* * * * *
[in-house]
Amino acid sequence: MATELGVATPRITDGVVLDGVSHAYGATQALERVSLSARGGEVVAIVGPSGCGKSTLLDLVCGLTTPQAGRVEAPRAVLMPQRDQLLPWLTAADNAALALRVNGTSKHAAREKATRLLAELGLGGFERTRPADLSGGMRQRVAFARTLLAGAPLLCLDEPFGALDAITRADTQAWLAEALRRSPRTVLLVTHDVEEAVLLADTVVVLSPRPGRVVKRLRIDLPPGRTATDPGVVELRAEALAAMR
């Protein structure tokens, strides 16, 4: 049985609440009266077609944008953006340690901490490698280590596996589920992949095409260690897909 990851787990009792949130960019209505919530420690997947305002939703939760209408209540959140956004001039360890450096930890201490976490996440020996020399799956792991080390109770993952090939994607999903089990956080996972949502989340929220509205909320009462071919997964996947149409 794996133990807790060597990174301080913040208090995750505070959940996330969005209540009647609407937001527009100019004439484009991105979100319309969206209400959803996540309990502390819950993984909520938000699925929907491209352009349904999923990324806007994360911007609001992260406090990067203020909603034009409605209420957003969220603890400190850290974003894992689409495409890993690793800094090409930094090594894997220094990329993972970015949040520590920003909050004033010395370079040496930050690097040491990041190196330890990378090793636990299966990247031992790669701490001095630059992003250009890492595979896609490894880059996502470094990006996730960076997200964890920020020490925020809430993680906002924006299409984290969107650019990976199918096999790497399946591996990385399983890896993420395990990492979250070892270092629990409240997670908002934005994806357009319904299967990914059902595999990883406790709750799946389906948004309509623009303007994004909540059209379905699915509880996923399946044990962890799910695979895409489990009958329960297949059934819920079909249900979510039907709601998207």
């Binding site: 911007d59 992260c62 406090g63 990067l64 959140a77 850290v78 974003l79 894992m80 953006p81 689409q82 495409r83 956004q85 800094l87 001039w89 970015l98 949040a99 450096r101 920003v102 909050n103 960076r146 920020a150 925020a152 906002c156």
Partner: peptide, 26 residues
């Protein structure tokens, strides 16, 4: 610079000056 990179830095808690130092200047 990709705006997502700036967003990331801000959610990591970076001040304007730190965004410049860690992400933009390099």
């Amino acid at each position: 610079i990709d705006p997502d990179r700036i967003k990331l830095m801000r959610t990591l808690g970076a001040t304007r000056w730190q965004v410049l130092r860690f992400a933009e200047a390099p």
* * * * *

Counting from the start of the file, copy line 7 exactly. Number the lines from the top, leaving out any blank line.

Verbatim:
């Amino acid at each position: 610079i990709d705006p997502d990179r700036i967003k990331l830095m801000r959610t990591l808690g970076a001040t304007r000056w730190q965004v410049l130092r860690f992400a933009e200047a390099p």